Scotland the Brave
Scots debate independence
Sep 1, 2014, Vol. 19, No. 47 • By SARA LODGE
Moreover, unionists grimly prognosticate, Scotland would lose its membership in the European Union, NATO, and the United Nations. According to José Manuel Barroso, the Spanish president of the European Commission (who doubtless has an eye on Catalonia, as it flirts with secession from Spain), Scotland would have to apply for EU membership from scratch: a position that, given Scotland’s share of national debt after the global financial crisis (a probable budget deficit of around 5 percent), would mean stringent terms and a variety of undesirable deals on trade, agriculture, and member contribution. Such problems could lead investors swiftly to withdraw funds or at least relocate their head offices over the border and could mean monetary mayhem if Scots shut the door on England. Scotland, after the initially satisfying slam, might well find itself out in the cold, knocking pathetically, wanting back in. The risks and endless wrangles that would be necessary—over how much of the U.K.’s national debt Scotland should assume; how much of the oil revenues are Scotland’s; how the border should be controlled; and which currency Scotland would adopt—all of these, from the “Better Together” perspective, are avoidable disasters for a United Kingdom with a strong, respected global “brand” and an economy now pulling out of recession.
The “Yes” campaigners who back Scottish independence fiercely dispute these projections. They observe that Scotland is a relatively wealthy country: In terms of GDP per person for its small population of 5.3 million, it is the 14th-wealthiest country in the world. It would thus be embarking on independence in more promising circumstances than many nations: When Norway became independent in 1905 it was one of the poorest countries in Europe; Ireland, when it gained independence in 1922, was dogged by poverty and civil unrest. Scotland boasts oil and gas resources that Ireland lacks; it lands more fish than Sweden and Finland combined; has more wind-power resources than Denmark and more wave-power potential than Portugal. Other important industries include drinks, manufacturing, financial services, and tourism. If oil and gas revenues are included, Scotland generates $43,946 per person in GDP, as against the U.K. average of $37,148. Secessionists thus argue that, rather than being a benign benefactor in public spending, it is the U.K. that has profited from Scotland, often without reinvesting in Scottish infrastructure. Salmond promises that an independent Scotland will invest in expanding its own economy, as Westminster has failed to do, and prosperity will result. He forecasts, in a recent white paper, that Scots will be $1,500 better off per person, per annum, after independence. Alistair Darling, of the “Better Together” campaign, has counterargued that they will be $2,345 a year better off if they vote to stay in Britain.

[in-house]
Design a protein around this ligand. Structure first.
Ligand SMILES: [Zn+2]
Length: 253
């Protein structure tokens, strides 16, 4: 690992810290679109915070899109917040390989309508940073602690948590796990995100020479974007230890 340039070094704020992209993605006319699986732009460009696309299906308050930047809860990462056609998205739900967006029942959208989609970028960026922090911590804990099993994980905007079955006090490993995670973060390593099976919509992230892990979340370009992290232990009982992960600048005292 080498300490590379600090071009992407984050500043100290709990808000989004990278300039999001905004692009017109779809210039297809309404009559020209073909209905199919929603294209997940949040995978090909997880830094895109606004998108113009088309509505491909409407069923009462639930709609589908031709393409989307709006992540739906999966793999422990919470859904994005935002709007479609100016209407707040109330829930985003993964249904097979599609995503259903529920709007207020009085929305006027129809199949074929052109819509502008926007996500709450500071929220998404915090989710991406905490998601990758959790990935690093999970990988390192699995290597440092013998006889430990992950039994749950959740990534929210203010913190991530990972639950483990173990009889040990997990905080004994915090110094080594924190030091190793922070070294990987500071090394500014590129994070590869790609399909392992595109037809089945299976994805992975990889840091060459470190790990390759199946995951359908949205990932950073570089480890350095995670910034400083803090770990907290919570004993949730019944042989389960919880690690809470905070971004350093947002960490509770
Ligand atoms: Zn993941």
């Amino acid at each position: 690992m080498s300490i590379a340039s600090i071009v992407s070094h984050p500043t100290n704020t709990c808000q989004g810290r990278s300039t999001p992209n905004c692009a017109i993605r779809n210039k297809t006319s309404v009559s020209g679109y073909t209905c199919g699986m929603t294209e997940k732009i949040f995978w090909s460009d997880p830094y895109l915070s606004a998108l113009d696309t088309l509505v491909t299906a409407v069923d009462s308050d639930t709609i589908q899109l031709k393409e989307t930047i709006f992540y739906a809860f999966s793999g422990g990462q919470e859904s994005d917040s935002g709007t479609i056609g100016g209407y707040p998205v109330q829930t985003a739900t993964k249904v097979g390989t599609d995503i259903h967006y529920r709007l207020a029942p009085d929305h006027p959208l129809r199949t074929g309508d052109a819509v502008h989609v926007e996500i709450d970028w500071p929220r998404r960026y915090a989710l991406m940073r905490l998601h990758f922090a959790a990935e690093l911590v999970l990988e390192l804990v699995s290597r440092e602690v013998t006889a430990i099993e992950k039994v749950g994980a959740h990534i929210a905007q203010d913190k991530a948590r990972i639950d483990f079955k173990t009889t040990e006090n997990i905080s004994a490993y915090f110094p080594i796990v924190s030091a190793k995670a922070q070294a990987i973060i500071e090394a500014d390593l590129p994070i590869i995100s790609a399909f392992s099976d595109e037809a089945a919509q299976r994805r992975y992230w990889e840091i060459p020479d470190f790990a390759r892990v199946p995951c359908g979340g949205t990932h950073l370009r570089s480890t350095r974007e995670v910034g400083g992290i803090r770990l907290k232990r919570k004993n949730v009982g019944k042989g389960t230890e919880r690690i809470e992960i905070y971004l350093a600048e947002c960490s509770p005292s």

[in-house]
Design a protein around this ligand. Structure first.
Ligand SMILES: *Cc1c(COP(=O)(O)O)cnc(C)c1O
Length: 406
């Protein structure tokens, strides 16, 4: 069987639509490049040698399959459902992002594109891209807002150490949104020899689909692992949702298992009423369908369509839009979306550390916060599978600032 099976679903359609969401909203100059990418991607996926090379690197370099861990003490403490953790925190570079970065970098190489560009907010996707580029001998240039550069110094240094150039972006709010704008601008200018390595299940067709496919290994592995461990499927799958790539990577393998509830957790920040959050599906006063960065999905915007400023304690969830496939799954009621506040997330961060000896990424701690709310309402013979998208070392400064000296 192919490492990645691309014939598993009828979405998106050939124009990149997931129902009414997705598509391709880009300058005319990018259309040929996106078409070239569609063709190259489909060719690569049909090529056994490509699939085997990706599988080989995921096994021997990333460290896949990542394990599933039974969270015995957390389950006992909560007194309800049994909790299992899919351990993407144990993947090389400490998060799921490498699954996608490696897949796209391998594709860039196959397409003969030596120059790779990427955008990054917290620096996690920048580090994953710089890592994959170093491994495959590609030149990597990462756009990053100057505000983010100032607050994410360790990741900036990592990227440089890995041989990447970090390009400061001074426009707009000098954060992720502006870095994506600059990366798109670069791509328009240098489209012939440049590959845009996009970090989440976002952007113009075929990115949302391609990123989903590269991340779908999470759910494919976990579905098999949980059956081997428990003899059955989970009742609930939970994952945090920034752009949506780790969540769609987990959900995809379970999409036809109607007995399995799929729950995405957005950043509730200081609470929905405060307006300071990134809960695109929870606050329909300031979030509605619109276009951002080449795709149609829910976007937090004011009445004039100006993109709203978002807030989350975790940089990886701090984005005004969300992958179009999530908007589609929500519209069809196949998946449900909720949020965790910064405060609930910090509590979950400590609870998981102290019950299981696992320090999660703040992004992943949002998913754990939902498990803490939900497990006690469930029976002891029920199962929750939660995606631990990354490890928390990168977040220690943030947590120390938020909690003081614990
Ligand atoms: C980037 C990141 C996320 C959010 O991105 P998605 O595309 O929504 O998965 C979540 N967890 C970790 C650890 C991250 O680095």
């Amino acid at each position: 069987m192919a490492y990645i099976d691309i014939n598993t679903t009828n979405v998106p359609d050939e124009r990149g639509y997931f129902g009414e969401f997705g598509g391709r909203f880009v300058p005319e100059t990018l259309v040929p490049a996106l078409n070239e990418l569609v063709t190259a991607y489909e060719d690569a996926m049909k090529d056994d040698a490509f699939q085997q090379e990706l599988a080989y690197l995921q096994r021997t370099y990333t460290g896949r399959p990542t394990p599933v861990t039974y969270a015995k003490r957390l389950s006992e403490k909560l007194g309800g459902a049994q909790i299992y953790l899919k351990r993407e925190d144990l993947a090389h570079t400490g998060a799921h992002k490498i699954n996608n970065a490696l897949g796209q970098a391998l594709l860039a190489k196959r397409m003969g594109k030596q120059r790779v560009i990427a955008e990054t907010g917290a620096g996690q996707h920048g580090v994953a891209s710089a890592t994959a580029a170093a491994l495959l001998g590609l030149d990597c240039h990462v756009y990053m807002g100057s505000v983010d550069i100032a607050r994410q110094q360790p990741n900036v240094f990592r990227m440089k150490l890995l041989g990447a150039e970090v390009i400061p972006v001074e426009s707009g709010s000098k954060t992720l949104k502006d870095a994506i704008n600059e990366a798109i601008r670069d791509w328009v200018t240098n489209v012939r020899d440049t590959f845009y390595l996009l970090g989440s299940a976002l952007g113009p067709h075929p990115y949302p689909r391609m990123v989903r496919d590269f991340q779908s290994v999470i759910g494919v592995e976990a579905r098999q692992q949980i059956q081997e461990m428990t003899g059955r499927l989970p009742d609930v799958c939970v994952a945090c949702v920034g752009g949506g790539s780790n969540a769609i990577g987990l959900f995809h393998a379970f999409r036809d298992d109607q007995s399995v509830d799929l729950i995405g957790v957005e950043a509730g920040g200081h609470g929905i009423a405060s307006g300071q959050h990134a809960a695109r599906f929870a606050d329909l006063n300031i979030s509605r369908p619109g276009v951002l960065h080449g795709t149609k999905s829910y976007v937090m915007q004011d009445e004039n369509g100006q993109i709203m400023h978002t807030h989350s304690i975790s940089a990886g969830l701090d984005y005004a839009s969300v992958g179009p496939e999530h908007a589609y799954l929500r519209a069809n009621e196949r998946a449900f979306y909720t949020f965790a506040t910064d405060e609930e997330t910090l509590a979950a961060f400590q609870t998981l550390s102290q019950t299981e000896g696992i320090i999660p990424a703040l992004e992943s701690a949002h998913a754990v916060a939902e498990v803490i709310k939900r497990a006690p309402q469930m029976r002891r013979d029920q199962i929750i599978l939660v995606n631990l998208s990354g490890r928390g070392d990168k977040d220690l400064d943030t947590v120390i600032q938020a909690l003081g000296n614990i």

“Yes” campaigners also argue that the current system of voting for a Westminster government doesn’t reflect Scottish voters’ wishes, noting that in 31 out of the last 55 years, the majority of voters in Scotland did not opt for the party that came to power. It is certainly true that Scotland’s political landscape is very different from England’s, reflecting its different history and priorities. Scotland already has its own legal system, its own education system, and its own banknotes. Since 1999, Scotland has additionally, as it did before 1707, had its own parliament, albeit with limited powers: Matters such as defense, immigration, and core fiscal policy are reserved to Westminster.
An independent Scotland, needing an influx of youthful labor to its economy, might well wish to attract immigration more than its southern neighbor; it might adopt a lower corporate tax rate to attract new business; it would almost certainly adopt a different social agenda in state spending. Secessionists look to the successful Scandinavian states as models of what they would like Scotland to become. Scots currently punch above their weight, except in the matter of weight: They are among the least fit, most lettuce-averse and gym-defying individuals in Europe, and rates of heart disease and premature mortality remain high, especially in overcrowded urban areas. Many Scots became trapped in poor tenancy arrangements dating from feudal rules of aristocratic landholding that persisted until very recently. Greater ability to build in and inhabit the stunning scenery that surrounds them—a habit of summer cabins, of boating and fishing—might, some argue, make Scots more like their lither Scandinavian counterparts.
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